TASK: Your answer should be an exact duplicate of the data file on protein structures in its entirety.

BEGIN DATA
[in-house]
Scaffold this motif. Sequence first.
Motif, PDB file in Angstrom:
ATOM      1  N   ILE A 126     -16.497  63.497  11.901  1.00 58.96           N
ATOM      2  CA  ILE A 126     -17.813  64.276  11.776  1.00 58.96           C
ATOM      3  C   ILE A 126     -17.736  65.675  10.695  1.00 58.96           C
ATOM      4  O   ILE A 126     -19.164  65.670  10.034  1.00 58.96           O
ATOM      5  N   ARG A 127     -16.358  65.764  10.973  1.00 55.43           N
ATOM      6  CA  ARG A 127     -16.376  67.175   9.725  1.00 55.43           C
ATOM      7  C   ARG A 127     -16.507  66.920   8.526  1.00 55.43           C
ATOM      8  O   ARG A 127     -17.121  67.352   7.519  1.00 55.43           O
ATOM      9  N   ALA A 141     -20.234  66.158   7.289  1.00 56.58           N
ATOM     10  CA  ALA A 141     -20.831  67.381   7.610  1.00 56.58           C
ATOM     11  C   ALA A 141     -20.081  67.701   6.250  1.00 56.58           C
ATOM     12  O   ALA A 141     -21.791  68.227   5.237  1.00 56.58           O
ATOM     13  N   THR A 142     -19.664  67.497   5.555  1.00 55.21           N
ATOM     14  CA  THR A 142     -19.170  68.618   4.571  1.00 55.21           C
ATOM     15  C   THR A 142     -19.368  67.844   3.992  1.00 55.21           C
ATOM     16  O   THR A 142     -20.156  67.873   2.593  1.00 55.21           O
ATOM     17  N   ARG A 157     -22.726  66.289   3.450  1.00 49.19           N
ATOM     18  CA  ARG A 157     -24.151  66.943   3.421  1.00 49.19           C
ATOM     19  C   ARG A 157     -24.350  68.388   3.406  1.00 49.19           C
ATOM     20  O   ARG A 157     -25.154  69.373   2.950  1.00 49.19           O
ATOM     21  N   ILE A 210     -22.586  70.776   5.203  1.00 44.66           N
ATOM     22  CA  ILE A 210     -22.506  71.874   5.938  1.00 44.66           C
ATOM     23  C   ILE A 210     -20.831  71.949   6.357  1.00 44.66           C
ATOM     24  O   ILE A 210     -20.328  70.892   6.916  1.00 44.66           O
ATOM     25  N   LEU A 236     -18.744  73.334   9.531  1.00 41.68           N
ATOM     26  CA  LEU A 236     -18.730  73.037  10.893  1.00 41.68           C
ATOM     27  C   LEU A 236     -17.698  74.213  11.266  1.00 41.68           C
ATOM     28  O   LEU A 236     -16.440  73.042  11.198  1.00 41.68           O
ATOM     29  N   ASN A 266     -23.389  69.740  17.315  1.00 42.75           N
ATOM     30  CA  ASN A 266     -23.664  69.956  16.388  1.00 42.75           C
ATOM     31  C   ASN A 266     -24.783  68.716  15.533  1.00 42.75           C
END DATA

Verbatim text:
[in-house]
Scaffold this motif. Sequence first.
Motif, PDB file in Angstrom:
ATOM      1  N   ILE A 126     -16.497  63.497  11.901  1.00 58.96           N
ATOM      2  CA  ILE A 126     -17.813  64.276  11.776  1.00 58.96           C
ATOM      3  C   ILE A 126     -17.736  65.675  10.695  1.00 58.96           C
ATOM      4  O   ILE A 126     -19.164  65.670  10.034  1.00 58.96           O
ATOM      5  N   ARG A 127     -16.358  65.764  10.973  1.00 55.43           N
ATOM      6  CA  ARG A 127     -16.376  67.175   9.725  1.00 55.43           C
ATOM      7  C   ARG A 127     -16.507  66.920   8.526  1.00 55.43           C
ATOM      8  O   ARG A 127     -17.121  67.352   7.519  1.00 55.43           O
ATOM      9  N   ALA A 141     -20.234  66.158   7.289  1.00 56.58           N
ATOM     10  CA  ALA A 141     -20.831  67.381   7.610  1.00 56.58           C
ATOM     11  C   ALA A 141     -20.081  67.701   6.250  1.00 56.58           C
ATOM     12  O   ALA A 141     -21.791  68.227   5.237  1.00 56.58           O
ATOM     13  N   THR A 142     -19.664  67.497   5.555  1.00 55.21           N
ATOM     14  CA  THR A 142     -19.170  68.618   4.571  1.00 55.21           C
ATOM     15  C   THR A 142     -19.368  67.844   3.992  1.00 55.21           C
ATOM     16  O   THR A 142     -20.156  67.873   2.593  1.00 55.21           O
ATOM     17  N   ARG A 157     -22.726  66.289   3.450  1.00 49.19           N
ATOM     18  CA  ARG A 157     -24.151  66.943   3.421  1.00 49.19           C
ATOM     19  C   ARG A 157     -24.350  68.388   3.406  1.00 49.19           C
ATOM     20  O   ARG A 157     -25.154  69.373   2.950  1.00 49.19           O
ATOM     21  N   ILE A 210     -22.586  70.776   5.203  1.00 44.66           N
ATOM     22  CA  ILE A 210     -22.506  71.874   5.938  1.00 44.66           C
ATOM     23  C   ILE A 210     -20.831  71.949   6.357  1.00 44.66           C
ATOM     24  O   ILE A 210     -20.328  70.892   6.916  1.00 44.66           O
ATOM     25  N   LEU A 236     -18.744  73.334   9.531  1.00 41.68           N
ATOM     26  CA  LEU A 236     -18.730  73.037  10.893  1.00 41.68           C
ATOM     27  C   LEU A 236     -17.698  74.213  11.266  1.00 41.68           C
ATOM     28  O   LEU A 236     -16.440  73.042  11.198  1.00 41.68           O
ATOM     29  N   ASN A 266     -23.389  69.740  17.315  1.00 42.75           N
ATOM     30  CA  ASN A 266     -23.664  69.956  16.388  1.00 42.75           C
ATOM     31  C   ASN A 266     -24.783  68.716  15.533  1.00 42.75           C